Wednesday, 07 December 2011 15:30

School forum in Lethbridge includes southern Alberta students

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By Caroline Zentner — Southern Alberta Newspapers

Students in Alberta should have an education system that’s flexible, engaging and respectful of all.


Those were some of the visions brought forth at the Dec. 5’s Education Act consultation meeting in Lethbridge.

More than 200 students, parents, teachers, trustees and administrators from across southern Alberta put their ideas on the table at the fifth of seven such meetings in the province.

Rohil Gupta, in Grade 7, and Carter Potts, in Grade 9, both attend CAPE School in Medicine Hat. They said they’d be all for an education system that engages students.

“I would probably make learning more fun so people would want to learn rather than just a book and pencil and learn and write and learn and write, so every day when they come into school they’re glad,” Gupta said.

“I agree with Rohil. I like things to be more interactive,” Potts said. “Everyone learns differently. Some people need to do things with their hands, but some people work better in their head, like with math.”

Larissa Crawford, a Grade 11 student at Chinook High School in Lethbridge, and Iain Sander, a Grade 11 student at Catholic Central High School, are part of the Minister’s Student Advisory Council. They were at the meeting to help gather the perspectives of participants and bring them to the Speak Out team in Edmonton. Speak Out is a student engagement forum launched in 2008, but as students, they also have ideas about the education system.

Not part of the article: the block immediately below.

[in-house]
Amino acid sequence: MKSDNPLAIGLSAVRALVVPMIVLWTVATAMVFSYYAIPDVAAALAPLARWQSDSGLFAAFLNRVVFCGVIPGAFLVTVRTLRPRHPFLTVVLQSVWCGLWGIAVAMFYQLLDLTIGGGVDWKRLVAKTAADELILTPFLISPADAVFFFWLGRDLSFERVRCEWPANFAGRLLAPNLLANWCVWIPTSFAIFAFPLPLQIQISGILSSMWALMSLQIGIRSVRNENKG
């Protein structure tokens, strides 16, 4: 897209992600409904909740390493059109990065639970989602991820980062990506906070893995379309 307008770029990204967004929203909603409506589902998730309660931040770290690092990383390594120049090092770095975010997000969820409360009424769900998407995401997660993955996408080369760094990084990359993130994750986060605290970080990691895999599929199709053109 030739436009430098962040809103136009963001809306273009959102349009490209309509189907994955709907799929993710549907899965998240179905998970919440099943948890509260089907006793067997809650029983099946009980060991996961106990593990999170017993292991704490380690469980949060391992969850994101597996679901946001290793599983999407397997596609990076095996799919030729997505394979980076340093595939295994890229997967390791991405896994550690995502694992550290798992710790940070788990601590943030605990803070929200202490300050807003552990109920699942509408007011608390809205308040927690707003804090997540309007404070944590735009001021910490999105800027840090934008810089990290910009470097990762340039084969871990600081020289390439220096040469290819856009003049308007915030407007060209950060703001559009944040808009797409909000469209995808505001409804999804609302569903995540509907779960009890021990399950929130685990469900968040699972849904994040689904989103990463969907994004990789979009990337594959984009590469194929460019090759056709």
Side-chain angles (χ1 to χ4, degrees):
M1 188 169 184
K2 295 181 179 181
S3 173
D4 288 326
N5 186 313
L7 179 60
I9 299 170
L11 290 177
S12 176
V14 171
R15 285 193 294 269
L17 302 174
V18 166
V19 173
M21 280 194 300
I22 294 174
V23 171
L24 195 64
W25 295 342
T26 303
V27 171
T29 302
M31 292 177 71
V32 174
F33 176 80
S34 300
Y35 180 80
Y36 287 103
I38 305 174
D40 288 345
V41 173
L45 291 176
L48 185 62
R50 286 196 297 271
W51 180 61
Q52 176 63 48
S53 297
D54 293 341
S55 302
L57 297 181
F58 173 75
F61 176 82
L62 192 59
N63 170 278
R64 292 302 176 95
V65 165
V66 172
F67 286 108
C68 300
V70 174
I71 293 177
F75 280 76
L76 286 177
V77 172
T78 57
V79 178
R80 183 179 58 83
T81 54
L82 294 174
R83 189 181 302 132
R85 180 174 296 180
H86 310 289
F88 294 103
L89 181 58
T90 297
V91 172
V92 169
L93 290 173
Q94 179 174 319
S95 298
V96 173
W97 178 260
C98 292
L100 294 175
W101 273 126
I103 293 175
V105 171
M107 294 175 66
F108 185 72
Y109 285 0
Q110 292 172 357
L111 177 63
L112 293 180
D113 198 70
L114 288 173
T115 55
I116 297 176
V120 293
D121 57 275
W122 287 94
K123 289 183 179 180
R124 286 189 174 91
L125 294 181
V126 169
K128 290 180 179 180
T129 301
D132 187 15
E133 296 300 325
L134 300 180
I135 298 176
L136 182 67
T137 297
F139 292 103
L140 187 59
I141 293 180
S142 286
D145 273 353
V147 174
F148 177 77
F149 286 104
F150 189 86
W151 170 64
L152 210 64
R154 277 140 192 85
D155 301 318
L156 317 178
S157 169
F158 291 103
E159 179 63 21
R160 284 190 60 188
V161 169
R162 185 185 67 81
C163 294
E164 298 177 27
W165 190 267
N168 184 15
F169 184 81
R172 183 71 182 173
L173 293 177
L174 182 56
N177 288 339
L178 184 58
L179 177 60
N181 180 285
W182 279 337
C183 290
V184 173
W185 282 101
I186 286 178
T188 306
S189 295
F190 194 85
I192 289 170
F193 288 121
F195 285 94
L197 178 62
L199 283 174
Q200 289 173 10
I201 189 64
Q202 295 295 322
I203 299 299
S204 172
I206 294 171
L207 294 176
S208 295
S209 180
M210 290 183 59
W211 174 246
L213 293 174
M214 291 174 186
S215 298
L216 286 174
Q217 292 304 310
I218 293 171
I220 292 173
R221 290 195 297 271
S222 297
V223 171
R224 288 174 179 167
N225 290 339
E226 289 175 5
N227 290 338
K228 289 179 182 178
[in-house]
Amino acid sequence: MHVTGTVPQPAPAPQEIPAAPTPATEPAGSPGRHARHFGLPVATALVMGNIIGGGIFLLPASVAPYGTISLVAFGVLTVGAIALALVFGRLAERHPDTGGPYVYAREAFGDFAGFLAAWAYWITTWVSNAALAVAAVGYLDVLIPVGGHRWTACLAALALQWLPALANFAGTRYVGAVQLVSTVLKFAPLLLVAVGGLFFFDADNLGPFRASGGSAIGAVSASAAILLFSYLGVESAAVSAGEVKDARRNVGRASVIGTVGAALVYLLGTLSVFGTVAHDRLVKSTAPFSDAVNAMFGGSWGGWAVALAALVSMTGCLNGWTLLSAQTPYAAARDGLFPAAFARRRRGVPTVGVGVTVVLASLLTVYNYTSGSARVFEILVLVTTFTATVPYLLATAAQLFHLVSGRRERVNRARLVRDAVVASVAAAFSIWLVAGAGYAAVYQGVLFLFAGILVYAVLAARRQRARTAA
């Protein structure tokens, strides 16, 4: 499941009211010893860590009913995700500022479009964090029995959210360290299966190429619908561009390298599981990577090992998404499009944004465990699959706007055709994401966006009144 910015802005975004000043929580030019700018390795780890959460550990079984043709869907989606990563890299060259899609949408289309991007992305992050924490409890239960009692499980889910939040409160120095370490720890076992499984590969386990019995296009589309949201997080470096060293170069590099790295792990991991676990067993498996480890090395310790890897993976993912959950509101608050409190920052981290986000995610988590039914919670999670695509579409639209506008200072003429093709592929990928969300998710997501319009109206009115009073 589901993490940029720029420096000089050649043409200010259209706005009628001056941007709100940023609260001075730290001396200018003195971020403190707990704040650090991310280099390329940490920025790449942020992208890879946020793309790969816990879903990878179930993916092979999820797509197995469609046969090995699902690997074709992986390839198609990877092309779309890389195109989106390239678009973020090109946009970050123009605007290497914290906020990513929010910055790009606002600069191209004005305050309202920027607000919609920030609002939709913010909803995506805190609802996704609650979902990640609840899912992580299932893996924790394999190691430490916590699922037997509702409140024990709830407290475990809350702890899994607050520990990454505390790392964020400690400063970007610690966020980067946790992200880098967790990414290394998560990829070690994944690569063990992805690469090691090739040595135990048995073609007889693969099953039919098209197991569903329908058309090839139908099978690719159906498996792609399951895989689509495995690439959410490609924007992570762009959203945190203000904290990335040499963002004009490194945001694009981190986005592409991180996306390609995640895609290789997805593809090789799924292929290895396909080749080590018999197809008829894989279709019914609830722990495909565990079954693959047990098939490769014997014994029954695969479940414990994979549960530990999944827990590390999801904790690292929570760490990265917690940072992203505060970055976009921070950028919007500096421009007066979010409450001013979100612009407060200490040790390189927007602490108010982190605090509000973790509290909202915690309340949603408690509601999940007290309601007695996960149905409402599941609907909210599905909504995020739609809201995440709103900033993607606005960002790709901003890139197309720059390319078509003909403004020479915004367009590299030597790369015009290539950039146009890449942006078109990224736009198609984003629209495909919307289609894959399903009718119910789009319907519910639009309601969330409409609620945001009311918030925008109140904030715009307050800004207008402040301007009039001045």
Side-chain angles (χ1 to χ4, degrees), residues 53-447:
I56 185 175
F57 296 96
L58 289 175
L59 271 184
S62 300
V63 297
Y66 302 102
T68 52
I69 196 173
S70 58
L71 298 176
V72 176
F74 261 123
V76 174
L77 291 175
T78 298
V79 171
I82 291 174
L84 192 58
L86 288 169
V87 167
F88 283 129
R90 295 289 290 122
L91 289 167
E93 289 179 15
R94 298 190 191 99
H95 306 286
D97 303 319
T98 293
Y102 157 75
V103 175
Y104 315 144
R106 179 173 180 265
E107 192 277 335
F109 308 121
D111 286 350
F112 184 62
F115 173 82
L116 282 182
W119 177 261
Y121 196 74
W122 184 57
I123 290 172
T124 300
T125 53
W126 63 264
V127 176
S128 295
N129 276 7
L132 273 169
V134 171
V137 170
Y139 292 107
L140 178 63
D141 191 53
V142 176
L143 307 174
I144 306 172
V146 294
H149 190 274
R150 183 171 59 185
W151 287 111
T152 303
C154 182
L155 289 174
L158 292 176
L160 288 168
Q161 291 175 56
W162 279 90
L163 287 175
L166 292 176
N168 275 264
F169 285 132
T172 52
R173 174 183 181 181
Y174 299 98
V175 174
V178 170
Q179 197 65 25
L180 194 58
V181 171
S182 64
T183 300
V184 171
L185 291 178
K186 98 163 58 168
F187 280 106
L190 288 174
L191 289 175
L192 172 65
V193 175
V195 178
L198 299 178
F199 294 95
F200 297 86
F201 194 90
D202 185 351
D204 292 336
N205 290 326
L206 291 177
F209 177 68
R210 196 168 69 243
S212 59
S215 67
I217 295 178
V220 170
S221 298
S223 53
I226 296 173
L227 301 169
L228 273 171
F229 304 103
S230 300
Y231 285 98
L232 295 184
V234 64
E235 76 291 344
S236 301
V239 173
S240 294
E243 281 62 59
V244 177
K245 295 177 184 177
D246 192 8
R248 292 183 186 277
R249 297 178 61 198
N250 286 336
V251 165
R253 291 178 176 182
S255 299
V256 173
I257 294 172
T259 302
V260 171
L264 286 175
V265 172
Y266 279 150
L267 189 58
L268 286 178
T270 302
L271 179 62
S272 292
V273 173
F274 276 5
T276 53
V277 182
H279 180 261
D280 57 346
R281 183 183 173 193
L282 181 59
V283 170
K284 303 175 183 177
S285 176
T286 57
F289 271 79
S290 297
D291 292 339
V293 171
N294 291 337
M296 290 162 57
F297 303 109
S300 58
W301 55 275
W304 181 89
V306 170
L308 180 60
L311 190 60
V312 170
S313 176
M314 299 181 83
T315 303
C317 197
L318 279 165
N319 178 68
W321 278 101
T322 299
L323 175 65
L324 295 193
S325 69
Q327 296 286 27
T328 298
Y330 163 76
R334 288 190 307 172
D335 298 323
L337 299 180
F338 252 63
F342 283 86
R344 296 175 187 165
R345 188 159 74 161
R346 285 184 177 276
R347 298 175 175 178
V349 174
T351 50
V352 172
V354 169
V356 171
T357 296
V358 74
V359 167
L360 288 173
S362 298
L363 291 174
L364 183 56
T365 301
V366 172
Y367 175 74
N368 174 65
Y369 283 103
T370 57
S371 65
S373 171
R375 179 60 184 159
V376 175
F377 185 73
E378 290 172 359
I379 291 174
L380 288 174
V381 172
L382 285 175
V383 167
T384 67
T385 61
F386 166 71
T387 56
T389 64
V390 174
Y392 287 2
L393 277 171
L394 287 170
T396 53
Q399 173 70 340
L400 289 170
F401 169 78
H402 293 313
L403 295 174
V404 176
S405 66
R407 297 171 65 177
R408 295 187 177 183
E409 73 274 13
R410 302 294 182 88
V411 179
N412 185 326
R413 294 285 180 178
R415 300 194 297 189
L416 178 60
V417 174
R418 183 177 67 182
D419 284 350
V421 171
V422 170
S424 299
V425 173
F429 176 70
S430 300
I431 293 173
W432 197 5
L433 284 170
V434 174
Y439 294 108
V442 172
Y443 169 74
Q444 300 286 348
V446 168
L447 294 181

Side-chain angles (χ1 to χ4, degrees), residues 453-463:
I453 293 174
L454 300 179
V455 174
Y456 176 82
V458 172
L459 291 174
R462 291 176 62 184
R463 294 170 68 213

“I like having increased flexibility and catering to the students’ needs. I believe that education should be anytime, any place, any space. That means that students can learn in any environment at any time anywhere,” Sander said. “Every student is different and they learn differently.”

“I would really like to see more involvement of the First Nations,” Crawford said. “At my school, there isn’t a First Nations mentor-like, kind of teacher. I think that every school should have someone that these kids can go to.”

Crawford said she’d also like to see less focus on First Nations people as victims and more about the positive aspects of their history and culture and other cultures around the world. She said exchange students who come to her school seem to have more knowledge of world history.

“If we started learning more globally at a younger age it would be easier for us to go into the real world and have an easier transition from high school to normal life,” she said.

Jeff Haines, a teacher at Sunrise School in Brooks, works at an alternative school with students whose needs haven’t been met in the regular school system.

“(The education system) maybe hasn’t been flexible enough to meet their needs and also recognize the other issues that are upon those students and their families,” Haines said. “If we’re really going to put students or families or the future at heart here that’s what we need to do. If we’re trying to force them into a certain model and it’s not working then we probably need to rethink what needs to happen.”

Carolyn Stuparyk, spokeswoman for Alberta Education, said information from the consultation meetings, online submissions, Twitter and Facebook messages will be put into a report, likely early next year. She said the plan is to introduce the act in the spring legislative session although that could change if an election is called.

“There’s never too many ideas and conversations you can have with Albertans about such an important piece of legislation. It’s really about making sure we’re doing the right thing. We’ve been talking to Albertans quite a bit over the last few years and this is kind of that last check to make sure that we’ve got this right,” she said.

From the meetings held so far, Stuparyk said many people have said the act is on the right track in terms of ensuring schools are safe and respectful, students older than 19 have greater access, boards have the authority to meet local needs and parents are involved in their child’s education. Students have said they want to go to school and be excited about what they’re learning.

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